The only other person to approach was a lady even older than me, by 15 years or more – and she was no taller than me, and no more agile.  Sighing, I began to turn away, coffee-less.

Wait — what was that hanging off her cart?  A cane!  With a hooked top!

She was a kindly old lady and agreed her cane is perfect for retrieving top-shelf items.  She even did the honors, knocking an entire carton of coffee boxes down so I could take my pick.  (I think maybe she was afraid I’d steal the cane.)

Gotta get me one of those canes!  No one ever questions a senior carrying one, and they come in handy as aforementioned – plus, one could be useful out in the parking lot should there be robbers.

Just an ordinary Cordelia’s Mom day.

Sorry about the quality of today’s photos.  Blame Nikon.

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I love to hear from my readers. You may comment on this post, comment on my Facebook or Twitter pages, or email me at cordeliasmom2012@yahoo.com
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Images by Cordelia’s Mom

 

This entry was posted in Household Items, Photography, That's Life and tagged , , , , , . Bookmark the permalink.

28 Responses to Roadblock

  1. Wow, I’m impressed! Such a bad day, with the universe decidedly against you, and STILL, you manage to retain your cool! I don’t think I could have done that!

    Like

  2. Barry says:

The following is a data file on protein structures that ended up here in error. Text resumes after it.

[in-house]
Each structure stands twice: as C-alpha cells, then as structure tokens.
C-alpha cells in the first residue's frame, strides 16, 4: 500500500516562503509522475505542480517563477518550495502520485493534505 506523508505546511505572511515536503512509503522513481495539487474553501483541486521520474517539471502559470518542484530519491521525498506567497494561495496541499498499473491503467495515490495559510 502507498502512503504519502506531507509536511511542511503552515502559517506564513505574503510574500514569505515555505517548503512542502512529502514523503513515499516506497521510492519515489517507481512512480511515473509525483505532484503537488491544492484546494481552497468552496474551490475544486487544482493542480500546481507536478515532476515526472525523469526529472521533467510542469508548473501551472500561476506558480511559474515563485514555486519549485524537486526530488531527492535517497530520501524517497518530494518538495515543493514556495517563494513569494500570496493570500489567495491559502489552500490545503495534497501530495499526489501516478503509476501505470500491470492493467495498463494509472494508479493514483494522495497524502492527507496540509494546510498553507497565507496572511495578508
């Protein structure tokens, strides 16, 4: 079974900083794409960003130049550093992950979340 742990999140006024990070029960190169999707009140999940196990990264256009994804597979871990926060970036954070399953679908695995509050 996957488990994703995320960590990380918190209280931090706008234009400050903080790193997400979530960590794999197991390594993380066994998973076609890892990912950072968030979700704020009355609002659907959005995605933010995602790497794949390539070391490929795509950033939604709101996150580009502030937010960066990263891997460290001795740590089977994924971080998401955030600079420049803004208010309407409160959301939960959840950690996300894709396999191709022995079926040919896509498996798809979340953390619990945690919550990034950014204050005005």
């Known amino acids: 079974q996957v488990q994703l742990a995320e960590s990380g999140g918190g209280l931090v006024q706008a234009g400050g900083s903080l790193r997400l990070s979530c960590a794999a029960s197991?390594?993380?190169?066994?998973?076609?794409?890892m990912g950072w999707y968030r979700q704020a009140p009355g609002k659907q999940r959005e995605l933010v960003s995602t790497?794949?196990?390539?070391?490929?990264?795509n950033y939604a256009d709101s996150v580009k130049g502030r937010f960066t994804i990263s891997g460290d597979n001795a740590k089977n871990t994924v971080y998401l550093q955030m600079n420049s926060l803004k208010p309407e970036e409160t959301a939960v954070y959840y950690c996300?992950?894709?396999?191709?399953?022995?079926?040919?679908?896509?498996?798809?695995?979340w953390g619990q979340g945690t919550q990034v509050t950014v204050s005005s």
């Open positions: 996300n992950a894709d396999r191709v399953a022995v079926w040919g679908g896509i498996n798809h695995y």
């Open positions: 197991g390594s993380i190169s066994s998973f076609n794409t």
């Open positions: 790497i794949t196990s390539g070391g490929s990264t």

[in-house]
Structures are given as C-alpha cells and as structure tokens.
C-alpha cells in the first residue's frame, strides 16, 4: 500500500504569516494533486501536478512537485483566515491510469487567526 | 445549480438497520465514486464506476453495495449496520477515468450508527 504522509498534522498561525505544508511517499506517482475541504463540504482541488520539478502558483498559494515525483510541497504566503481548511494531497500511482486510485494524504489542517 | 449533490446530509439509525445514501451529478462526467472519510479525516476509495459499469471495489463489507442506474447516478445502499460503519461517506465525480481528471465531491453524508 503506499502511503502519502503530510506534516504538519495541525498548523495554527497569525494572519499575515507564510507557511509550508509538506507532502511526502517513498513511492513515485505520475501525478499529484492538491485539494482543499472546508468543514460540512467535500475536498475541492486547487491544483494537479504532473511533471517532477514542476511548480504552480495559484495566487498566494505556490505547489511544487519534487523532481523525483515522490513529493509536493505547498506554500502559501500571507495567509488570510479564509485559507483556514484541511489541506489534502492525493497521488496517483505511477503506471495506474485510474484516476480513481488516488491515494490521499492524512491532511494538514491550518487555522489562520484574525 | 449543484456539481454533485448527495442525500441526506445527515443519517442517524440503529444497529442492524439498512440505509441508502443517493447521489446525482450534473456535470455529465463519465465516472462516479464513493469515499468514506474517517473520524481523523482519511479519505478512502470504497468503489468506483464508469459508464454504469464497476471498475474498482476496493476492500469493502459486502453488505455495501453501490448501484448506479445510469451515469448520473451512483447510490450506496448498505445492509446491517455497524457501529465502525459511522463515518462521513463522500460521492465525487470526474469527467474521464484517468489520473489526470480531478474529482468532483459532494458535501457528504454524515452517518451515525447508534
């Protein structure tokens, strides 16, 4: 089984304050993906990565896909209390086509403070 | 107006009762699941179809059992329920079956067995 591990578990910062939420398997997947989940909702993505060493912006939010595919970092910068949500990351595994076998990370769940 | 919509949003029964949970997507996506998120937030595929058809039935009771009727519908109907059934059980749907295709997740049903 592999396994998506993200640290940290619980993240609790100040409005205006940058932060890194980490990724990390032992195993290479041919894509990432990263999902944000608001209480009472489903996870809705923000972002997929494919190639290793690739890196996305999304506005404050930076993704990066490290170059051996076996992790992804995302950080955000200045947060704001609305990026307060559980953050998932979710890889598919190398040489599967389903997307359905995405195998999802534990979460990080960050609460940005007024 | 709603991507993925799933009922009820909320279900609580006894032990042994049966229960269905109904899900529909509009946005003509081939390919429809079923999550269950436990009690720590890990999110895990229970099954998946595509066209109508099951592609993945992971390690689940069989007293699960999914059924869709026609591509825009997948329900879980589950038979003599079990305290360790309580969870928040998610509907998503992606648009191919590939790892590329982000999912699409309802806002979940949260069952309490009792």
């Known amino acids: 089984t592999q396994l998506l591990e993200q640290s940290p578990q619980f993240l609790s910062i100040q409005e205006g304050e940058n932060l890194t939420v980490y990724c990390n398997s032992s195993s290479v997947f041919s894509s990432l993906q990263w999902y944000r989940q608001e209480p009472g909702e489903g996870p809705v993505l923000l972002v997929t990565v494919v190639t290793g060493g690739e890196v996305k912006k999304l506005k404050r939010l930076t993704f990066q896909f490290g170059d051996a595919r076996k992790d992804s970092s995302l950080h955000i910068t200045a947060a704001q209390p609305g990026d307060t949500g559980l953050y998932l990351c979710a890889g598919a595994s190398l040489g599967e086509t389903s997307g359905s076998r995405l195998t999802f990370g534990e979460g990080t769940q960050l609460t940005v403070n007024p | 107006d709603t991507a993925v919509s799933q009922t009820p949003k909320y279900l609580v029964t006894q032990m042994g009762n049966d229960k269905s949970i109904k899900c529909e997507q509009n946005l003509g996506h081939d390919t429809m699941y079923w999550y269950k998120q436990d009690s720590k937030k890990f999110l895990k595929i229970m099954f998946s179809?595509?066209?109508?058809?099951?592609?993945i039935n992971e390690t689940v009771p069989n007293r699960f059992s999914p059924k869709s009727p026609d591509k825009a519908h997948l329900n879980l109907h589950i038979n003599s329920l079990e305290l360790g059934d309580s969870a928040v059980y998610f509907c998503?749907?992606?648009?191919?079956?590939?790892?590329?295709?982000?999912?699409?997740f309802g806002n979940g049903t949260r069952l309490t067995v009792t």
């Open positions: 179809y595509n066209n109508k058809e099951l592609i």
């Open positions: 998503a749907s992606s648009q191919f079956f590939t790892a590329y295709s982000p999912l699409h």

You need something similar to our Consumer Guarantees Act (CGA). A $500 camera should be expected to last 3 to 5 years at a minimum. Here the CGA would protect you for that period regardless of any manufacturer or retailer warranty. I had a situation where a tablet failed one month after the manufacturer’s one year warranty expired, and the device proved to be irreparable. The shop told me I was unfortunate but they could sell me a new model for around the same price. I put my foot down and reminded them that the device could be reasonably expected to last for at least 3 years, and so they could choose to repair, replace or refund the purchase price. In the end they agreed to refund the full purchase price. In the case of a larger home appliance such as a refrigerator, the CGA might apply for up to 8 years depending on the relative price of the item compared to similar items. If one buys on credit, and the seller goes out of business, then you can usually make a claim in the creditor – something the credit card companies don’t like being known.

    As for you being vertically challenged, consider my wife. You have a four inch advantage over her 🙂

    Like

    • My sympathy to your wife whenever she must go shopping. As for the camera, we have a Lemon Law in New York State, but I don’t think it will come to that. It’s a reputable store, and if the camera can’t be repaired, I believe they’ll help me with a warranty claim, or do something on their own for the sake of good customer service. We’ll see.

      Like

  3. Jane says:

    wow, so sad about the camera. I hope they honor it. We are going through hoops for my husbands brand new car that decides to drive on its own. They sure don’t make them like they used to.

    Like

  4. AmyRose🌹 says:

    BIG HUGS!!! I am SO sorry about your camera, CM! That sucks the big one! I would be SO upset if it was me. Shame on Nikon for acting the way they are! 💞💞💞

    Like

  5. Hubby bought me a Nikon A10 camera for my 60th 2 years ago as it was on special offer at £60 so not as expensive as yours. I’m pleased with it as it does what I want of it, and it has both a digital and optical zoom on it.
    As yours is only 5 months old, you still have seven months of the one year warranty. If it is not repairable, Nikon should either refund you and offer a replacement at no extra charge if the store does not do that first.